According to the Head and Neck Cancer Guide, doctors use the American Joint Committee on Cancer (AJCC) TNM system to determine the stage of lip cancer. The following three factors are considered when staging: “T”—characteristics of the main tumor mass, “N”—status of the lymph nodes in the neck, and “M”—status of cancer spread (metastasis) to parts of the body outside of the head and neck.

The “T” stage is decided at the physical exam appointment. There are eight stages from the time the doctor assesses the primary tumor (Tx) to the time the mass is an advanced local disease and invades the masticator space, pterygoid plates, base of the skull, or encases the carotid artery (T4b). The “N” stage is after review of the information is collected and ranges from the neck lymph nodes cannot be assessed (Nx), to the cancer has spread to one or more neck lymph nodes and the node is larger than 6 cm (N3). The “M” stage deals with the spread of the cancer outside the head and neck and can go from no evidence of distant spread (M0) to evidence of spread outside the head and neck, for example, to the lungs or brain (M1).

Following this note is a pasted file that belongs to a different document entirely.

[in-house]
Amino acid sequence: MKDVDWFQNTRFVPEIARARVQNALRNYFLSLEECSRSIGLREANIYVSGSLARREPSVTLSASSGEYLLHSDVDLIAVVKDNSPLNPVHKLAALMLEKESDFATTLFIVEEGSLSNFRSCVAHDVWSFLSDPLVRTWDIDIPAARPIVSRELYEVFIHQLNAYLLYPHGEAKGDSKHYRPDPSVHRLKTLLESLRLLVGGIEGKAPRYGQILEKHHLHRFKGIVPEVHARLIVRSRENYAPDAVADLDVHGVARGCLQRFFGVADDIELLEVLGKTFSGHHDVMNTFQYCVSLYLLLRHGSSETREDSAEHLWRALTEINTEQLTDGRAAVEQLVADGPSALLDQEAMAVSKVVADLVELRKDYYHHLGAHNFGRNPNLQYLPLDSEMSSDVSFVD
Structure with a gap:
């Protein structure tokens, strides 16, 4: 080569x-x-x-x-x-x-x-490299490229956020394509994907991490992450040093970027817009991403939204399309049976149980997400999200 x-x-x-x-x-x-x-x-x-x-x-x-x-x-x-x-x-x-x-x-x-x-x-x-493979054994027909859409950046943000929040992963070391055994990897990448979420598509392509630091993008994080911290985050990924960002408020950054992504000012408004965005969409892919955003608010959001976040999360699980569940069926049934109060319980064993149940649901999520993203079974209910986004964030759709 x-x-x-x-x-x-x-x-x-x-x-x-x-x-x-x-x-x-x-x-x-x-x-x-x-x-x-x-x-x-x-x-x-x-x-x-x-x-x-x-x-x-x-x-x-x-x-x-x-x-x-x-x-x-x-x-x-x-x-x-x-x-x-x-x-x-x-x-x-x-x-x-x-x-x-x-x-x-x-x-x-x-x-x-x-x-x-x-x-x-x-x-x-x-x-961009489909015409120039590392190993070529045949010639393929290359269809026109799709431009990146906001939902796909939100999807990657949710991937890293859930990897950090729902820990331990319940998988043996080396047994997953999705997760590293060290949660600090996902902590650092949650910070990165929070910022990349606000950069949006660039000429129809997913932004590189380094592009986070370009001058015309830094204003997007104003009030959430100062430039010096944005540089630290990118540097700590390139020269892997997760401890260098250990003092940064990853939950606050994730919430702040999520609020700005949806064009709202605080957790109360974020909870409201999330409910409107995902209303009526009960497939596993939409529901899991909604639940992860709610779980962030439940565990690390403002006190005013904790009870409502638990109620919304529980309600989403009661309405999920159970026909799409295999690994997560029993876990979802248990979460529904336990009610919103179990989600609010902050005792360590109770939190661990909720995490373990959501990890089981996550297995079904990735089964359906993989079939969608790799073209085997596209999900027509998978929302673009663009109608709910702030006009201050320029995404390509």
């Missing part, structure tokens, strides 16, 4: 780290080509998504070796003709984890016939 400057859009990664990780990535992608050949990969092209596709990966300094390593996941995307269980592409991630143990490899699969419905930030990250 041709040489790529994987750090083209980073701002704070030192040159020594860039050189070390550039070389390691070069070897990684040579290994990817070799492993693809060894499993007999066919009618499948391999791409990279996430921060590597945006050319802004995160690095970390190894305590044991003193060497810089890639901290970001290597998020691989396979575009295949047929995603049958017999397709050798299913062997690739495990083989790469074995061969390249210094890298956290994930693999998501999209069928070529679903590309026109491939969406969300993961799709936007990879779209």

Early detection of lip cancer allows for surgery, radiation, or cryotherapy, and the relapse rate is 5% to 35%. According to the Skin Cancer Foundation, the most common cure for lip cancer is Mohs micrographic surgery. During this surgery, thin layers of skin are removed and examined microscopically. Should more cancerous cells be found, more tissue is removed until no cancer is evident.